Although one player must always come out second best in tennis, respect never fails to come first.
Sunday night saw three hours, 26 minutes of bullet service winners and slices as sharp as a razor’s edge, but it was Grigor Dimitrov who carved out victory over Nick Kyrgios, shooting his way into the quarter-finals of the Australian Open for the second straight year.
As the two embraced at the net following one last glorious passing shot winner off the racquet of the Bulgarian, Kyrgios looked at Dimitrov, the opponent not seconds ago standing in his way of becoming the first Australian to lift the Norman Brookes Challenge Cup since Mark Edmondson in 1976, and spoke one word to him.
“Believe,” said Kyrgios, inspiring Dimitrov with his own now-forsaken title hopes.
The respect between these two competitors quickly extinguished the fire of competition, kindled by Grand Slam ambition and fueled by the raw will to win. Both have played each other on the sport’s biggest stages, with Dimitrov conquering Kyrgios to claim his first ATP World Tour Masters 1000 title in Cincinnati and the Aussie bettering the Bulgarian just weeks ago en route to his first title on home soil in Brisbane. In press, Dimitrov commented on their off-court relationship and their words exchanged at the net.
“I think we were very great with each other. When we are off the court I think we have a lot of respect with each other,” said Dimitrov.
“I have seen a lot of positivity from him the past weeks, I would say. So I just obviously wished him good luck and to keep on going that way. I think it’s important, and again, we all play this game to have fun, to enjoy it. I know it’s a big battle out there, but we are humans, above all. Yes, we compete there, but you have got to be human, above all.”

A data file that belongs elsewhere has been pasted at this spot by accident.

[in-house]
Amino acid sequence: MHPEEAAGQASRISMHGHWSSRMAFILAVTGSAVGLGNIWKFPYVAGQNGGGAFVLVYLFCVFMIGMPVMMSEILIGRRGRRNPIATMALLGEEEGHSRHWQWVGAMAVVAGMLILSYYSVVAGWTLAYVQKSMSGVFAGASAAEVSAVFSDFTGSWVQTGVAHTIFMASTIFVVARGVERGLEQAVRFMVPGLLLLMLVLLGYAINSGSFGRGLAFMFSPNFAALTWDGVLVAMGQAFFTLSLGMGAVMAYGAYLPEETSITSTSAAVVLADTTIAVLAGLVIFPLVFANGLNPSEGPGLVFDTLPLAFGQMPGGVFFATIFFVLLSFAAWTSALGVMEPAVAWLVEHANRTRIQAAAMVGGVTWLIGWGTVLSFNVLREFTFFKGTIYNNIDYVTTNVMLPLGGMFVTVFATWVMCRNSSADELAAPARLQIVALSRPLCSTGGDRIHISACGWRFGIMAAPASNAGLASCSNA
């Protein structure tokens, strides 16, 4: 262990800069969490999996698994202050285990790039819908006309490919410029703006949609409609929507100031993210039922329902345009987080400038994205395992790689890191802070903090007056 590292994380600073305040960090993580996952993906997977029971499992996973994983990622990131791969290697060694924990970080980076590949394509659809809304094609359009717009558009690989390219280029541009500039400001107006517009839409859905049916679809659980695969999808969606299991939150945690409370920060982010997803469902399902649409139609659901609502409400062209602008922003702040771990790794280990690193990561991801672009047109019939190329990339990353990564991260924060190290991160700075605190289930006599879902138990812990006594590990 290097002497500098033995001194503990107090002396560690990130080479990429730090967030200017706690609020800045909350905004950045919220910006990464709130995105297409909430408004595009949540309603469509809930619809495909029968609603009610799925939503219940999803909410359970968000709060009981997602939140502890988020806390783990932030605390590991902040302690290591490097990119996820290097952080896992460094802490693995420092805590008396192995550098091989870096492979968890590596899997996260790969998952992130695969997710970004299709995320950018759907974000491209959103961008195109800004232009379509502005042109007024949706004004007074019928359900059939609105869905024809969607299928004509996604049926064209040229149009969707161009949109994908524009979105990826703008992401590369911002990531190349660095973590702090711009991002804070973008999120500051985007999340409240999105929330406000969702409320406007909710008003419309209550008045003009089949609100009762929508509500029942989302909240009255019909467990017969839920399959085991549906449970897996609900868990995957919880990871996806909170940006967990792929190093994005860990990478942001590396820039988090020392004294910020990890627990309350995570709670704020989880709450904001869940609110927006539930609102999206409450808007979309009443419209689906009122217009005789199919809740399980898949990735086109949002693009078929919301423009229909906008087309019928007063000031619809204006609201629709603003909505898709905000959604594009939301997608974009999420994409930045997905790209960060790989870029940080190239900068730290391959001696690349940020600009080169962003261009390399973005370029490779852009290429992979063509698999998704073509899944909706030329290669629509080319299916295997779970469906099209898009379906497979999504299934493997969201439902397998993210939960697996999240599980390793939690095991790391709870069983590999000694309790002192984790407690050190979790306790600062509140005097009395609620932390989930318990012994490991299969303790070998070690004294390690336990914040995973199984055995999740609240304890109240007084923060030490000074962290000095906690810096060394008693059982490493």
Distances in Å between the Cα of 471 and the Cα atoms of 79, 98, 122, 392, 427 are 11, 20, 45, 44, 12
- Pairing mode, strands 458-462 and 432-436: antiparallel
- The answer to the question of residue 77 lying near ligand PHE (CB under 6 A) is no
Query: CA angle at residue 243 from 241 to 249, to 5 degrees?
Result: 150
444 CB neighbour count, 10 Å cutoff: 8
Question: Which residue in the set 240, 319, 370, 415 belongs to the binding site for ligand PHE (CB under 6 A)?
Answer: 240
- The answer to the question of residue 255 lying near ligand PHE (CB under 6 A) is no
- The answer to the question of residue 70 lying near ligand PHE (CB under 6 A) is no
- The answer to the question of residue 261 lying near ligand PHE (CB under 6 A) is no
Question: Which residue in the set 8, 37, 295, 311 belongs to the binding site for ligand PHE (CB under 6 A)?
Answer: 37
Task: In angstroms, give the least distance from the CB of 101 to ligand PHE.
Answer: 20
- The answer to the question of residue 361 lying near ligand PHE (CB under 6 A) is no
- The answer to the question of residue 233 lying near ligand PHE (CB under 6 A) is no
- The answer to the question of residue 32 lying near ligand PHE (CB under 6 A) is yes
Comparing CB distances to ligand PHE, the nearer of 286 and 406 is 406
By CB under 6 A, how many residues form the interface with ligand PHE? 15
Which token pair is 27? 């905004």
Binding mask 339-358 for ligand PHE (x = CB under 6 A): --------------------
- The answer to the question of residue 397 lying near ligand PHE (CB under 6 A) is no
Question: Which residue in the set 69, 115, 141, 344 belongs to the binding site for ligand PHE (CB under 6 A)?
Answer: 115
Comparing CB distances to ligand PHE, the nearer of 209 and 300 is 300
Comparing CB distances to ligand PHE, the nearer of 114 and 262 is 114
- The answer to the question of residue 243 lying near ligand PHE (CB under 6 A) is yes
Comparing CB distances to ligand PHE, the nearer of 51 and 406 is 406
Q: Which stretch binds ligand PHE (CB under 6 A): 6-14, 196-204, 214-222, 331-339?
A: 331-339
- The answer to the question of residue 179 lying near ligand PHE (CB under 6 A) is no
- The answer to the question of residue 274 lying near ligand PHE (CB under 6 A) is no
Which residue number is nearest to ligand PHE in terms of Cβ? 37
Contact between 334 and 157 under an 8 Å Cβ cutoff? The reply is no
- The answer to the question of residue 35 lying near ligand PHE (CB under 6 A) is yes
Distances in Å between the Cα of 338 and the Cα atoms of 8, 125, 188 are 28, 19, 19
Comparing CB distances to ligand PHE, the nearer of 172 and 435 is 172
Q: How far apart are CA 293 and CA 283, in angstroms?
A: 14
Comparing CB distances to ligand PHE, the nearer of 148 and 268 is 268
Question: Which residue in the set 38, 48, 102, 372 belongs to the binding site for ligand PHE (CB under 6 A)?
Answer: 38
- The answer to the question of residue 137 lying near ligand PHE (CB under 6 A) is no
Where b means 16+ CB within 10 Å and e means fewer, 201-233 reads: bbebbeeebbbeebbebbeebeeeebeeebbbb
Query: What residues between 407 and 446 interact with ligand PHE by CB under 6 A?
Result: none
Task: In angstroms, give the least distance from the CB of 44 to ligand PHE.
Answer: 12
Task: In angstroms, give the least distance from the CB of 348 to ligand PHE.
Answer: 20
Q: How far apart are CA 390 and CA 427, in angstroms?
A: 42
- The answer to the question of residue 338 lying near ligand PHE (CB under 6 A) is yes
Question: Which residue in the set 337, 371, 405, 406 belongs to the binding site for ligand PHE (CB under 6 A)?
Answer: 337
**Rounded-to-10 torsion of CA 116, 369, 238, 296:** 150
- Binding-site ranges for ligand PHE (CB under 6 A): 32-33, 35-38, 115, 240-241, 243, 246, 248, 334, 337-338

Kyrgios, who at 22 plays with as much tempest as he does talent, has shown much improvement in 2018 to mature his game and in his approach to the tour life.
“I think he’s just improving, really,” Dimitrov said. “Again, he’s a great guy. And in a way that’s why we play the game. I love competing against him,” said the third-seeded Bulgarian, who next faces Kyle Edmund for a spot in the semi-finals.
“I know it’s frustrating at times, very frustrating, but at the same time it’s for the love of the game, and I love the game. That’s why I think tonight was such a good match on both ends because that was a Grand Slam match.”
But what exactly did the two say at the net? Dimitrov was pressed on it, but didn’t budge.
“I think it’s way better to be personal. Obviously wished him good luck and believe in himself and keep playing. The rest is between us.”